Please use this identifier to cite or link to this item: http://arks.princeton.edu/ark:/88435/dsp01mp48sg53s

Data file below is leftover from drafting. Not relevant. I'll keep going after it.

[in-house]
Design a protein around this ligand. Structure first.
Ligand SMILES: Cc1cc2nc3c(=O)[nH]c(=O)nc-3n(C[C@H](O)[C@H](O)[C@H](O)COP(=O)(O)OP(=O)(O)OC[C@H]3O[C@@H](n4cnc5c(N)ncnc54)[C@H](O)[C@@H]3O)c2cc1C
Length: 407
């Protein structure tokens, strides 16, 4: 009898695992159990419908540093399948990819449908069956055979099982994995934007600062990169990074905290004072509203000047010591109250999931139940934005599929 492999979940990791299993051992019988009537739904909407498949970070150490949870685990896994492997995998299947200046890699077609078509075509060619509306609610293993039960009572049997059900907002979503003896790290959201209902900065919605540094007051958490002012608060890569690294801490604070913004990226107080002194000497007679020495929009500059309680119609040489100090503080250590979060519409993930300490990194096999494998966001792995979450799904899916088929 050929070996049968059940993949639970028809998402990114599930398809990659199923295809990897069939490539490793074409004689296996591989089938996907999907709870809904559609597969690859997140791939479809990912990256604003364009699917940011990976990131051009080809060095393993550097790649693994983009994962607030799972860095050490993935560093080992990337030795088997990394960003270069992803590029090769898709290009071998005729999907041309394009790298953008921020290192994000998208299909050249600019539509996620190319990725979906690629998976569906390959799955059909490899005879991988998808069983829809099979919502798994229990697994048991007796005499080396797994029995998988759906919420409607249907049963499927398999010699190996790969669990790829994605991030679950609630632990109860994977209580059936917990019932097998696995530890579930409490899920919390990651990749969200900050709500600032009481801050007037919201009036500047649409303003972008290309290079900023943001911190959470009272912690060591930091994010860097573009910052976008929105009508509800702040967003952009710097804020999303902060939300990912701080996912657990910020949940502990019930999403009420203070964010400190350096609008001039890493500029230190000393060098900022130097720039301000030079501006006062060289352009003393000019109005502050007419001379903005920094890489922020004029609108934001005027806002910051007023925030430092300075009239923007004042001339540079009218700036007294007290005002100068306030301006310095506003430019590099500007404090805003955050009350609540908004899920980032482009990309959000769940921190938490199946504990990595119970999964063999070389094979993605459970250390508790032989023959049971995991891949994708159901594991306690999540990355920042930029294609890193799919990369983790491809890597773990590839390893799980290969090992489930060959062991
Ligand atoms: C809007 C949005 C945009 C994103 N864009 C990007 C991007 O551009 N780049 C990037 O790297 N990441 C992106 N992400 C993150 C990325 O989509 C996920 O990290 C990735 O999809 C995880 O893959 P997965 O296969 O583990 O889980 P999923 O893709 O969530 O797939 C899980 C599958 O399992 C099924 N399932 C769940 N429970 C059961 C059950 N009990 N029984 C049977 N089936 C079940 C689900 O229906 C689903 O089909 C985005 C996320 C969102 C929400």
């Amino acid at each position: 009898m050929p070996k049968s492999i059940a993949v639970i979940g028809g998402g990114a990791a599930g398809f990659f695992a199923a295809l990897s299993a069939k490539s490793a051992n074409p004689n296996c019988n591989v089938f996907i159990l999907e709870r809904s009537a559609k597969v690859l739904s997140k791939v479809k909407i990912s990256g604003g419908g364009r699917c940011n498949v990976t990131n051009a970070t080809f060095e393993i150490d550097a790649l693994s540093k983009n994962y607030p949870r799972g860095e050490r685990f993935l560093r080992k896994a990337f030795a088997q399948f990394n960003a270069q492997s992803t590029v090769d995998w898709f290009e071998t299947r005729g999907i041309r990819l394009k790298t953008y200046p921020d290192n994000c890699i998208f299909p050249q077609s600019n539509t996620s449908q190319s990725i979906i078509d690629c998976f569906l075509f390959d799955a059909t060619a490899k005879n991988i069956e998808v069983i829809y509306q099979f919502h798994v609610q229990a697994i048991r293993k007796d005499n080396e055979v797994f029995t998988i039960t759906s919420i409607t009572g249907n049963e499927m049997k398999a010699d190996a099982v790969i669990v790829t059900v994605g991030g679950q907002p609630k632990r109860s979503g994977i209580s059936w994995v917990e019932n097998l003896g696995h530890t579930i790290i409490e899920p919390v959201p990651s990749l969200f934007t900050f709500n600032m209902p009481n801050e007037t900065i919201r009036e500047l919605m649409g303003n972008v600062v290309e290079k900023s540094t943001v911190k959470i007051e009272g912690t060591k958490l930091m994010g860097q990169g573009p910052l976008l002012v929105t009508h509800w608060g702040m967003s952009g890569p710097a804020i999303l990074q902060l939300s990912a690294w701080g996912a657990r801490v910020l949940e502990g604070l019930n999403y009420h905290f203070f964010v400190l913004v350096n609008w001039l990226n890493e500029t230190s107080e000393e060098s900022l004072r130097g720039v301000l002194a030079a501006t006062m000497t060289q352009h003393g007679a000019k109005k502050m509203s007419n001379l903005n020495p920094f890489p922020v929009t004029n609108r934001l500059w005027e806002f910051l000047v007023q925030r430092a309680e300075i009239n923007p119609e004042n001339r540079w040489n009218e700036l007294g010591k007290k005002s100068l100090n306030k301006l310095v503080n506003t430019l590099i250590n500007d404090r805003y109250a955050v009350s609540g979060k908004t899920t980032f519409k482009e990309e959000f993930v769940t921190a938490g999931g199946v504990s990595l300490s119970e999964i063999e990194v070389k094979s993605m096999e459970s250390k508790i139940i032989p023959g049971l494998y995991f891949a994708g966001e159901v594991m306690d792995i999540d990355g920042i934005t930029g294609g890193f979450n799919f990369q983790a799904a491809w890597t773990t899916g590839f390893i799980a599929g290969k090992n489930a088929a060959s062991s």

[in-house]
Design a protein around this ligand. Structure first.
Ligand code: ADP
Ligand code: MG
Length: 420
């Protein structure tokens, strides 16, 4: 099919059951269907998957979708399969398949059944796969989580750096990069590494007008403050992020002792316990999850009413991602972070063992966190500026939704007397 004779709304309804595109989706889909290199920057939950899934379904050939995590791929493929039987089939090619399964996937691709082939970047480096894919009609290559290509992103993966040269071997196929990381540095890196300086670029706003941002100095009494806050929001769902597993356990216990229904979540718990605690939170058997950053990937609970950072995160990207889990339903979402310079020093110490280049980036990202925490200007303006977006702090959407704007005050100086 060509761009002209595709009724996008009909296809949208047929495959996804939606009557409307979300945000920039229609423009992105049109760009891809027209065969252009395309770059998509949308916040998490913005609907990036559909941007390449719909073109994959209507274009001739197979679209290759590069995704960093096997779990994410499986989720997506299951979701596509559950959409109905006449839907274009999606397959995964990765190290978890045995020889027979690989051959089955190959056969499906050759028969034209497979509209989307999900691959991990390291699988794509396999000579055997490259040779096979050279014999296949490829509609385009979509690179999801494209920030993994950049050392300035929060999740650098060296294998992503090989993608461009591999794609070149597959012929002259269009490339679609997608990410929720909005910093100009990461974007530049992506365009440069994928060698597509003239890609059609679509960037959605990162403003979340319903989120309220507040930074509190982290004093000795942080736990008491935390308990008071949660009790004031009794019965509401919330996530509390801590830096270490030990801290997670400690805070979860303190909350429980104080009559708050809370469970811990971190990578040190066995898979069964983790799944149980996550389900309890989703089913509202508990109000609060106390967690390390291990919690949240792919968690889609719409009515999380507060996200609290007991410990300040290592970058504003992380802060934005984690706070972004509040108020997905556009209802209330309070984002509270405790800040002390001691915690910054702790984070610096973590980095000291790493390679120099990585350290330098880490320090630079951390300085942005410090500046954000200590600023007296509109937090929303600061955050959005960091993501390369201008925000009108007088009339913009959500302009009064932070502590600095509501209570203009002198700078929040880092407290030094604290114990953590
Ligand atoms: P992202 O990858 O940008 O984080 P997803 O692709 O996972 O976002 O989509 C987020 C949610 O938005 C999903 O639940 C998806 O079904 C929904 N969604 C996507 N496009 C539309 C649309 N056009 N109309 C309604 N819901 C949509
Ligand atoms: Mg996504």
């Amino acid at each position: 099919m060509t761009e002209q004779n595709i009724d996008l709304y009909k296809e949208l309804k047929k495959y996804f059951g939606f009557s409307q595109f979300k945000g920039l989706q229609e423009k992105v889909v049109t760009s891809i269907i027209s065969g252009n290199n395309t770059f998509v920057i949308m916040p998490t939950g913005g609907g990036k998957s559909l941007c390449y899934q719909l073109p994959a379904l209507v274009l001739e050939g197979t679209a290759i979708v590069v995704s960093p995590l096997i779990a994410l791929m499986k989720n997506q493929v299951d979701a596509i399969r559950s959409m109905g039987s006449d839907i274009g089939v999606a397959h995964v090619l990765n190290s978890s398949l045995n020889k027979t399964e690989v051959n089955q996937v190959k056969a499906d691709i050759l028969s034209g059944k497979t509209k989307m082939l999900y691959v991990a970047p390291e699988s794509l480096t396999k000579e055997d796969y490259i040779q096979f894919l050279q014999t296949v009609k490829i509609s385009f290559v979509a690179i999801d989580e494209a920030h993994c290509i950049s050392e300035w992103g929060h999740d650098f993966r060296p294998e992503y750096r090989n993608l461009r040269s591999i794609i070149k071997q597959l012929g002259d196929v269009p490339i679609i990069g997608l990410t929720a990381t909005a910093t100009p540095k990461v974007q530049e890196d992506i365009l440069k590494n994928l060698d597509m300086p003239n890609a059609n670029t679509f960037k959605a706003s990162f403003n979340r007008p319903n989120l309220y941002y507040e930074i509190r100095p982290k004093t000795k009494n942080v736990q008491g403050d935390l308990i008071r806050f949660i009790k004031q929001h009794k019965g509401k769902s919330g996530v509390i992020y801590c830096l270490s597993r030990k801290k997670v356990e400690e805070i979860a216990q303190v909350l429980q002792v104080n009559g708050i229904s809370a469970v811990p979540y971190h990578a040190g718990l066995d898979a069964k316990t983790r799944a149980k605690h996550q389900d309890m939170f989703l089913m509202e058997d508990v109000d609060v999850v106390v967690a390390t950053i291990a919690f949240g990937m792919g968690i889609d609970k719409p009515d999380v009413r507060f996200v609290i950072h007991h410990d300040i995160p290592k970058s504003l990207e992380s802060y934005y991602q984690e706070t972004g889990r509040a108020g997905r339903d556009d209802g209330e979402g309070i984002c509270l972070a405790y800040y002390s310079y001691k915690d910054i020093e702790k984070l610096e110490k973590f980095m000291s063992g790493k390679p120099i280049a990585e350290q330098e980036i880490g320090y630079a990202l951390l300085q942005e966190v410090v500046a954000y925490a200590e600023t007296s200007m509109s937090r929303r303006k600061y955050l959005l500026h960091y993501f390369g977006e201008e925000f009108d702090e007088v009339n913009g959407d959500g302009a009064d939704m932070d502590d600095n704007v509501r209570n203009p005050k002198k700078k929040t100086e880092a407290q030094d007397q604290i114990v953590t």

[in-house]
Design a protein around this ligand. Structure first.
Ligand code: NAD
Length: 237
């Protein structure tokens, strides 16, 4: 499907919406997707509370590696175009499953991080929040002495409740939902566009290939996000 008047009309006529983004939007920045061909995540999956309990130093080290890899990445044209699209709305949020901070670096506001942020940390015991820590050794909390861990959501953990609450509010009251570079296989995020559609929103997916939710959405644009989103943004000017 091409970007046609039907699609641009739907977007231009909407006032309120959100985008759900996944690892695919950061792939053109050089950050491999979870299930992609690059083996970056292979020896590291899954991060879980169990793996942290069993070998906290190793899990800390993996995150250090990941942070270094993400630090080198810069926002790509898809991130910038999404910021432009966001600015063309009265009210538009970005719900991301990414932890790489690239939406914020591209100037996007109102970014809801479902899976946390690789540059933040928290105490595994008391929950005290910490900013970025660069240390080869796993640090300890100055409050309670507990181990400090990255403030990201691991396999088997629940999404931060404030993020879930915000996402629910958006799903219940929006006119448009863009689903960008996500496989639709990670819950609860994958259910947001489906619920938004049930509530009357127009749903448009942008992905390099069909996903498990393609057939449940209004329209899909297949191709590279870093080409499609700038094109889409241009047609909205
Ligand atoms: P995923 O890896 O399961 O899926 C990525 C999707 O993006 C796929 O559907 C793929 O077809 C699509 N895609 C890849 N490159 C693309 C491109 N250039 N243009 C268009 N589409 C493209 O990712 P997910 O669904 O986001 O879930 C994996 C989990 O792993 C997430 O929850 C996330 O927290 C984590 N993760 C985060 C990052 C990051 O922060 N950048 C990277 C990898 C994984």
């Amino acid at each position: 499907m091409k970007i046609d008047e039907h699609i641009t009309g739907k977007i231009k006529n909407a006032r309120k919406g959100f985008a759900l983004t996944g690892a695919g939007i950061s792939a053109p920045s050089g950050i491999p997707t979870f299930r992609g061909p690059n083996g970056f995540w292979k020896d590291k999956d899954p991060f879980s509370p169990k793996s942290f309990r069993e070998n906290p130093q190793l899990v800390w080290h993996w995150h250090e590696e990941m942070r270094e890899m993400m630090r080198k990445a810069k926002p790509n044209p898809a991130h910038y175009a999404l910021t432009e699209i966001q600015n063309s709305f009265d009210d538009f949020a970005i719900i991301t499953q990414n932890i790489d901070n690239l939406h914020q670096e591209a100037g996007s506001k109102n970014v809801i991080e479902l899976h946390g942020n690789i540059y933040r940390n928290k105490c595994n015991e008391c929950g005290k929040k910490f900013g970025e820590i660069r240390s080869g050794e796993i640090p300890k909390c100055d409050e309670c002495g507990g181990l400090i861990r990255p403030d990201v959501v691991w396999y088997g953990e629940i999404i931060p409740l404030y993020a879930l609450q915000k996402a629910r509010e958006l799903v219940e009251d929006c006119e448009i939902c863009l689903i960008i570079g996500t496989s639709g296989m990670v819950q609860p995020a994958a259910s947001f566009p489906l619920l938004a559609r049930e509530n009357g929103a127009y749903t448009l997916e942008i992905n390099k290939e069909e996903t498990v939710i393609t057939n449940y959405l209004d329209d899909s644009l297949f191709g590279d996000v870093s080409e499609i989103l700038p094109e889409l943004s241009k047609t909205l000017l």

Title: The Invention of Duty: Stoicism as Deontology Authors: Visnjic, Vanya Advisors: Wildberg, Christian Contributors: Classics Department Keywords: CiceroEpictetusKantmeta-ethicsofficiumSeneca Subjects: PhilosophyClassical literatureAncient history Issue Date: 2018 Publisher: Princeton, NJ : Princeton University Abstract: Philosophers today generally believe that duty-based (deontic) ethics was an innovation of the Enlightenment, spearheaded by the work of Immanuel Kant in particular. According to this prevailing scholarly opinion, while the ancient Greeks and Romans had notions of civic, military, and religious duty, they lacked a notion of purely moral duty as well as a duty-based system of ethics. In this dissertation, I argue that the ancient Greek and Roman philosophers of the Stoic school did in fact develop a notion of moral duty as well as a sophisticated, deontic ethical theory built around that notion. The deontic aspect of the Stoic system has hitherto gone unnoticed for a number of reasons, including the paucity and fragmentary nature of the extant evidence from early Stoic writers. Throughout the first three chapters of my thesis, I try to piece together the surviving evidence in order to reconstruct the Stoic theory of duty. In the first chapter, I argue that the important Greek term καθῆκον (kathêkon), which the Stoics coined and which recent scholars have assumed means “appropriate action,” actually means something like “required/prescribed action” and approximates our notion of “duty.” I do this through a detailed philological study of the earliest surviving texts in which either the term itself or the verb from which it was derived (καθήκειν) appears. My second chapter argues that, while the Stoics spoke of (morally) “prescribed actions,” they rejected all fixed rules of conduct on the grounds that no rule – no matter how carefully formulated – can be without exception. My third chapter attempts to explain how, in lieu of a set of rules, the Stoics offered a kind of formula by which every rational agent can calculate his/her precise duty in any given situation. The fourth and final chapter explores the various avenues through which Stoicism influenced Kant and offers a comparison of Stoic καθῆκον with the Kantian concept of duty. URI: http://arks.princeton.edu/ark:/88435/dsp01mp48sg53s Alternate format: The Mudd Manuscript Library retains one bound copy of each dissertation. Search for these copies in the library's main catalog: catalog.princeton.edu Type of Material: Academic dissertations (Ph.D.) Language: en Appears in Collections: Classics

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